Fall Conference “Growing Together Virtually 2.0” Update

Conference Logo: Two crossed compass arrows with a green outline of Washington and Oregon states, a green silhouette of a pine tree, and APA in green text. Bordered by a blue ring with the text "Growing Together Virtually 2.0"

Our fall conference is again a joint conference with the Oregon APA Chapter, and will be held October 13-15, 2021 using Zoom and Whova apps. The conference theme “Growing Together – Virtually 2.0” builds on last year’s joint conference, with an emphasis on issues that are of interest to all of our communities, such as resilience in the wake of the pandemic, racial equity, missing middle housing strategies, engagement with underrepresented populations, retrofitting suburban development, and climate action strategies.

The conference committee has selected three dynamic keynote speakers this year. Interestingly, none of them refer to themselves as practicing planners, but all work in related fields that intersect with the planning profession. The conference committee believes their “outsider perspective” and unique fields and interests will generate a lot of discussion and will set the tone for many of the breakout sessions that will follow.

  • Cupid Alexander most recently served as Spokane’s Director of Neighborhoods, Housing and Human Services, and prior to that was senior policy advisor on housing to Mayor Wheeler of Portland, OR. In addition to working in larger cities in Washington and Oregon, and now as a department director in a major U.S. city, he brings a depth of experience in affordable housing and racial equity issues, two key themes of this year’s conference. Mr. Alexander’s talk will be provocative and engaging as someone who has seen how housing policy can transform communities for the better, if it’s done right. Meet Cupid Alexander - YouTube

  • Joe Salvo is the recently retired Chief Demographer for the New York City Department of City Planning. Mr. Salvo is a self-proclaimed “data geek” who has been featured in the New York Times for his census work for NYC. Many planners have no idea how powerful a tool the 2020 Census can be in shaping public policy, let alone how to go about using it. Through a combination of insights into the powers of using census data, story-telling, and humor, Mr. Salvo is skilled at getting people excited about data-driven decision making and how immigration and population change affect communities. He is sensitive to the pitfall of coming across as “that guy from NYC” to an OR/WA audience, but he can speak to planners as policy wonks who operate in politically difficult situations at times. How N.Y.C.’s Population Expert Says the City Will Bounce Back - The New York Times (nytimes.com); Why the Census Matters (mcny.org) Scroll down for a video that Joe cut for this piece to promote NYC census participation.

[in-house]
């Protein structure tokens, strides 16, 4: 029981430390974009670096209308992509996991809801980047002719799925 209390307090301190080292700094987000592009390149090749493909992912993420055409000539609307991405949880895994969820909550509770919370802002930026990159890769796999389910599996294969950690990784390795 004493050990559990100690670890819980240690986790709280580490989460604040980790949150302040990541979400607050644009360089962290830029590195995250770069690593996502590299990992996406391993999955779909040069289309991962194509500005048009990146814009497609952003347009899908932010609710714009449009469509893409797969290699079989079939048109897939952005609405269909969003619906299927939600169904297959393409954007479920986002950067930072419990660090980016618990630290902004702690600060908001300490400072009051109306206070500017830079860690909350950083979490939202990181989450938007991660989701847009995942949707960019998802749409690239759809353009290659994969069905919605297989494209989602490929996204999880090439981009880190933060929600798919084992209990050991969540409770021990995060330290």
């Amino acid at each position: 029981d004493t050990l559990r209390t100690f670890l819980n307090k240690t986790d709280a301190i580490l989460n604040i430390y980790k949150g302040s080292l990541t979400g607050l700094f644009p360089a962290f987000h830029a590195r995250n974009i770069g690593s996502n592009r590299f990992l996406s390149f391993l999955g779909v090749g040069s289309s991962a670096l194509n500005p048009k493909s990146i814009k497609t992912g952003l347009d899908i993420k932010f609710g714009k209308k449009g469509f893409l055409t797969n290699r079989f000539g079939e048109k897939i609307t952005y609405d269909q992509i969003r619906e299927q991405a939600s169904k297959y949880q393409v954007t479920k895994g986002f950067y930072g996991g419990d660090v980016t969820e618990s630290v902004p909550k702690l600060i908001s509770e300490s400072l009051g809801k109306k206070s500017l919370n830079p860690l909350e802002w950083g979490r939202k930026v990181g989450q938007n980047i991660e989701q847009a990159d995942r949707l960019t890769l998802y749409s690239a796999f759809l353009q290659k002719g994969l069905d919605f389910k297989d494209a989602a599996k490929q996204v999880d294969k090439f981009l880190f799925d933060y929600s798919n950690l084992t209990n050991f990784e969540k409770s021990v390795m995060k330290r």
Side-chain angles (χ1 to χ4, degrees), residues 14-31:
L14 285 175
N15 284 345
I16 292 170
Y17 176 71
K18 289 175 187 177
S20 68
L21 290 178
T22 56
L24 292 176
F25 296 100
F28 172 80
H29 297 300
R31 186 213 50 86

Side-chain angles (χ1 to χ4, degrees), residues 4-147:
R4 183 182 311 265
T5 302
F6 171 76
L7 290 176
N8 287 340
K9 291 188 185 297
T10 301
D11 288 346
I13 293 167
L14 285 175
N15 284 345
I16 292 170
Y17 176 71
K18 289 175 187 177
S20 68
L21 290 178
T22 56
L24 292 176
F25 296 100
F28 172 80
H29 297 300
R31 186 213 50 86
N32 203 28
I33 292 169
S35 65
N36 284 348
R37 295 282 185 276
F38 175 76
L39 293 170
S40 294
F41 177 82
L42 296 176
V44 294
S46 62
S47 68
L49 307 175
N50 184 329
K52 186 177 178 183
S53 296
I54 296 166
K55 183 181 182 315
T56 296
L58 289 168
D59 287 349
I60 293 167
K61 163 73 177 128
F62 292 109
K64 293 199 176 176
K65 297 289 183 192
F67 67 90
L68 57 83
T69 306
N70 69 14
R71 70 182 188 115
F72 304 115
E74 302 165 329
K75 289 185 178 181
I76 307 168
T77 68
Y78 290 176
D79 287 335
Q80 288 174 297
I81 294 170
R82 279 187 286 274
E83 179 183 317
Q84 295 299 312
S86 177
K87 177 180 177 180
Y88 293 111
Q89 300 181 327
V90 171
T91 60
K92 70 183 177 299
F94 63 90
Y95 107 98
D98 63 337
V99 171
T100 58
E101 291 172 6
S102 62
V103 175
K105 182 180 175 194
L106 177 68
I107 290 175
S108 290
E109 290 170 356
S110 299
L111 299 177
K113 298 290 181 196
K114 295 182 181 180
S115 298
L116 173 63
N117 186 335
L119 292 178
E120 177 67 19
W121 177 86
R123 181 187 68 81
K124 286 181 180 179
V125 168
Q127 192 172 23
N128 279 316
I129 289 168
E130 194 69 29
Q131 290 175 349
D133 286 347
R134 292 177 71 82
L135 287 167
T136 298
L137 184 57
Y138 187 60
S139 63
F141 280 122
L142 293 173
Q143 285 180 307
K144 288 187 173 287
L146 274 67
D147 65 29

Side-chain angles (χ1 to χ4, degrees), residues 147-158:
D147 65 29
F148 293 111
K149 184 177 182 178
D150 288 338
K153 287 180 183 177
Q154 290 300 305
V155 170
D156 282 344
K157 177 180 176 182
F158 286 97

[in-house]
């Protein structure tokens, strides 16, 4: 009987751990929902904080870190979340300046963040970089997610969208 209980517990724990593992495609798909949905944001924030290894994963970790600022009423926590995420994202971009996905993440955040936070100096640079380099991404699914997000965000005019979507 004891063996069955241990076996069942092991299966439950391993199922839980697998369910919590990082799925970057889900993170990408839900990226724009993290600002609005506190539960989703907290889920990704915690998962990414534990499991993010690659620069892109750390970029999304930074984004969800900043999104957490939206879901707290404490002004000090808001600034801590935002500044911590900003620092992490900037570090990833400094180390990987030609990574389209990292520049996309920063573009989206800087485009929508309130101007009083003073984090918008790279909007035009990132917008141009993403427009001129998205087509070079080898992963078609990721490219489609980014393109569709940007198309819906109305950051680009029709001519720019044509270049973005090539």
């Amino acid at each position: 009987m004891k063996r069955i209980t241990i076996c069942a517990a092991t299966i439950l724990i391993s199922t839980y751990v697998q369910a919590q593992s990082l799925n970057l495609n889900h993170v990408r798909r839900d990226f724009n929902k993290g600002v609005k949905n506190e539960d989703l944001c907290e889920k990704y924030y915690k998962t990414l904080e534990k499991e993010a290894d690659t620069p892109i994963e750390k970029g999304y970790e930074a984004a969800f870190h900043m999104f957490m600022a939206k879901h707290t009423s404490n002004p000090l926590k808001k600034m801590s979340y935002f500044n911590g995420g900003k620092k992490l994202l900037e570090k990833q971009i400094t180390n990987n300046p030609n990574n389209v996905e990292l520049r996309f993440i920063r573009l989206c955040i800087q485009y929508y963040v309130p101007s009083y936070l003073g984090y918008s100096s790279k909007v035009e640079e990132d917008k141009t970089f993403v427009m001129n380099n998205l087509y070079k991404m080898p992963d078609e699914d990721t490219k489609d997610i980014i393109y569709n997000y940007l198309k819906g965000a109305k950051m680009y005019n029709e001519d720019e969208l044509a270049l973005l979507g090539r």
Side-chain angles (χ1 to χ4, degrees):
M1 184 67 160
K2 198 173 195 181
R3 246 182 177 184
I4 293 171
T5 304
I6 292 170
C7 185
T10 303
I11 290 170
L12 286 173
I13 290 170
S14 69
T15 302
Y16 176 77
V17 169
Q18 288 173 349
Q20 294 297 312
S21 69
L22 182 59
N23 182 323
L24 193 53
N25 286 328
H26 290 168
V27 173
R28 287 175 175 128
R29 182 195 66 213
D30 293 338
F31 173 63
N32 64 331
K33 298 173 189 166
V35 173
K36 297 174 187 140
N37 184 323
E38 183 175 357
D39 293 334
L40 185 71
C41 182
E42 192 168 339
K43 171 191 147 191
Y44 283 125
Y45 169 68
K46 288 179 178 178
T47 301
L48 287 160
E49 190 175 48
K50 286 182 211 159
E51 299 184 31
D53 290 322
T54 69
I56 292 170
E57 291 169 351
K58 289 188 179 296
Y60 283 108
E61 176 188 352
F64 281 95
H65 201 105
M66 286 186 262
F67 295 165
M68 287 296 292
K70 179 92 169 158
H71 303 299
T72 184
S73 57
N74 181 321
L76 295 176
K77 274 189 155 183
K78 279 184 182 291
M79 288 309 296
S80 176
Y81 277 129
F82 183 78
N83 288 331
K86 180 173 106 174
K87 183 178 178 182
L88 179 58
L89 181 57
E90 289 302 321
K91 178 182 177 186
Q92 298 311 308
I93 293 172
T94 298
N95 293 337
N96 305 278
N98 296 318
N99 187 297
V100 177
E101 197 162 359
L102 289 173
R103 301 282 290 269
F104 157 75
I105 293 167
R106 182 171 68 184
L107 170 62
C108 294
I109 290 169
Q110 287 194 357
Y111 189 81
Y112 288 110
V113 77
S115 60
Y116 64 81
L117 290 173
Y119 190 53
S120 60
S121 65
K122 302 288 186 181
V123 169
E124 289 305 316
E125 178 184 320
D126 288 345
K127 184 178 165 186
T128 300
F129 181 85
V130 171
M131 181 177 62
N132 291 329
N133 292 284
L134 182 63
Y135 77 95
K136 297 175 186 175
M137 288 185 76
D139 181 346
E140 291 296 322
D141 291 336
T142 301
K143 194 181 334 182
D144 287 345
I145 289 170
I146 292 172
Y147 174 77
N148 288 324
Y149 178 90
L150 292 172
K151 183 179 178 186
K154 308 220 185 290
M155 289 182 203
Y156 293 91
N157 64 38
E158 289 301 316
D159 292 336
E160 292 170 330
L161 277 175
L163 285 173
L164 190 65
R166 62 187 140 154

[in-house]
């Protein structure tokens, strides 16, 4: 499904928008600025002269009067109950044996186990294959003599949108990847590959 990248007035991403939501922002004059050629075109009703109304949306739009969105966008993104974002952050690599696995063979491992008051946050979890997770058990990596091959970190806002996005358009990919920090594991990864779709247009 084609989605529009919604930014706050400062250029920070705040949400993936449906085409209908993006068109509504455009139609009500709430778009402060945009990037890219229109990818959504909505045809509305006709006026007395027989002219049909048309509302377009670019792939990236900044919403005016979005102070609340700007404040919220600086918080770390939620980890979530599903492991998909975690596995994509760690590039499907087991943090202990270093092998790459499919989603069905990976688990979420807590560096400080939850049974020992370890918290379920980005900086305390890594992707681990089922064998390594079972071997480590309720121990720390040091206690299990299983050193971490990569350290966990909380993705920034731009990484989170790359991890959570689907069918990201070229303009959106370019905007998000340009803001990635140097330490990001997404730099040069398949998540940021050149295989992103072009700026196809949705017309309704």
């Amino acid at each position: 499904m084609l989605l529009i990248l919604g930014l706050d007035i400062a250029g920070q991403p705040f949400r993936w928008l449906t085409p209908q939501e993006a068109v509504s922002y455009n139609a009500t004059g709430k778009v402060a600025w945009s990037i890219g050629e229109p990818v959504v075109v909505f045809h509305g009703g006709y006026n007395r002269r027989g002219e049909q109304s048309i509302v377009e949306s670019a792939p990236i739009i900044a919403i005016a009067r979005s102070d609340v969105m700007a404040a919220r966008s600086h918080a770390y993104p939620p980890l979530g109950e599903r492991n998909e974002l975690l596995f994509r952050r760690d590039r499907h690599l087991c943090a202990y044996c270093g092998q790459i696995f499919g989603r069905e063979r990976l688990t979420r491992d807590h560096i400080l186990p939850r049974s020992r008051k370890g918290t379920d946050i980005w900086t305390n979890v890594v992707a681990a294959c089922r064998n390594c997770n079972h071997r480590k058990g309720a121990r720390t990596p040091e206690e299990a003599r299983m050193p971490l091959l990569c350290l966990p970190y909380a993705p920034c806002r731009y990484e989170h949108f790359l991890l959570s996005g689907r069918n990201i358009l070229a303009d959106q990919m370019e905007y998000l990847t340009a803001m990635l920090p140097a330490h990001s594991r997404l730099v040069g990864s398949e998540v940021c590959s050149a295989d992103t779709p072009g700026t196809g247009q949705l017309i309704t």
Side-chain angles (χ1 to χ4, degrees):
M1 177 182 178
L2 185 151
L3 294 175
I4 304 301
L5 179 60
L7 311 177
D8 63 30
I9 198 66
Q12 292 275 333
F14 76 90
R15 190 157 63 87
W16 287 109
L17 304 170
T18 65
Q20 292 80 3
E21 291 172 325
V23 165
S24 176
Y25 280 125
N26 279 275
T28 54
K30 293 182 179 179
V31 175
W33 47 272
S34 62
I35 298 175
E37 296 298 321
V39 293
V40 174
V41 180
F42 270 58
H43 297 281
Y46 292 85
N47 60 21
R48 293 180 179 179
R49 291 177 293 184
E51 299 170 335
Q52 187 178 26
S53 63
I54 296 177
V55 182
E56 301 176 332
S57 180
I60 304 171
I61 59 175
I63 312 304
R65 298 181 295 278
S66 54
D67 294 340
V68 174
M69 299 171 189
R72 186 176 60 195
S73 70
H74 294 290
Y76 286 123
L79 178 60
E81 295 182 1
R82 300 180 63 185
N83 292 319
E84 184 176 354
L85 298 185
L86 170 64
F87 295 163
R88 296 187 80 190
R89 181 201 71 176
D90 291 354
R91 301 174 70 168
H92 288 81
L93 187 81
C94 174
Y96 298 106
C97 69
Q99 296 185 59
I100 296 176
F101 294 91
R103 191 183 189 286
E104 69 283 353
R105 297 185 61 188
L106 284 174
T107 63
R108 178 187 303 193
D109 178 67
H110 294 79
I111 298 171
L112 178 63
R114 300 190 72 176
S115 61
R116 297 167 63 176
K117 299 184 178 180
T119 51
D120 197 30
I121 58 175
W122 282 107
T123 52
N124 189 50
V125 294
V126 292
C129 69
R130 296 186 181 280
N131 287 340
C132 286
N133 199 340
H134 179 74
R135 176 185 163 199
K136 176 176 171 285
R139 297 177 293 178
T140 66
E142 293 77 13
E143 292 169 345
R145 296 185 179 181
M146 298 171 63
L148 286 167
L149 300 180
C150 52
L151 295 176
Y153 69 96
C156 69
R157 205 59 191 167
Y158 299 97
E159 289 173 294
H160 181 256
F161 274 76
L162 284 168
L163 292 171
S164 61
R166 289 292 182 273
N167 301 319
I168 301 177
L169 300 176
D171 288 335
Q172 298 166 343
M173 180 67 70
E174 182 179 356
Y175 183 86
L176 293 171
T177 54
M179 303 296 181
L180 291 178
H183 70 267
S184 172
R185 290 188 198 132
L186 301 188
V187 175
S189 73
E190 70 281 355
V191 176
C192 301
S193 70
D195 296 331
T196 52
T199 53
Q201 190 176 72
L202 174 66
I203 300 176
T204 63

• Ellen Dunham-Jones is a professor in the School of Architecture at Georgia Tech University and is an award-winning architect and expert in urbanism. She co-authored Retrofitting Suburbia: Urban Design Solutions for Redesigning Suburbs and has been a keynote speaker at numerous planning conferences and featured on TedTalk. Earlier this year her follow up book Case Studies in Retrofitting Suburbia was published. Whether you work for a small town, county, or large city, suburban-style development can be found everywhere. Professor Dunham-Jones takes an unblinking look at our underperforming suburbs and suburban development – and proposes plans for making them livable and sustainable and how retrofitting suburbs can advance equity and climate action goals. Ellen Dunham-Jones: Retrofitting suburbia - YouTube

The conference program committee has selected a number of quality break-out sessions, and there are enough sessions to allow conference attendees to choose from up to three sessions at a time, whereas last year only two sessions were offered at the same time. The program committee is currently contacting selected proposers to ensure that the sessions are well-executed and, if possible, tie back to one or more of the keynote speakers.

Sponsorship Opportunities

The conference is in need of sponsors, both from public agencies and the private sector. The sponsorship levels will be the same as last year, with the deadline being October 1, 2021, to be included in the conference program. For more information, visit the APA Oregon Chapter website or contact Stephanie Green.

Local In-person Activities!

Although our fall conference will be held remotely, Oregon and Washington are opening up to in-person gatherings and we are encouraging in-person conference-related events in both states. We need people willing to plan and schedule such events – during the conference itself and during the week of the conference (including weekends!). What project or educational, social, or networking event in your community would you like to celebrate with your colleagues, and then follow-up with a visit to a nearby restaurant, pub or park? Learn more or send the details of your in-person event to Nancy Eklund and Stephanie Green and we’ll promote it in the conference materials, as well as on the chapter website – ALL chapter members are encouraged to be a part of these in-person activities – even those not attending the conference!

Learn more about conference registration and sponsorship online. One more reason to register for this year’s conference is that the sessions will be available for a full year following the conference, so you won’t need to miss any of the sessions or CM credits!

The conference committee sincerely looks forward to seeing you in October.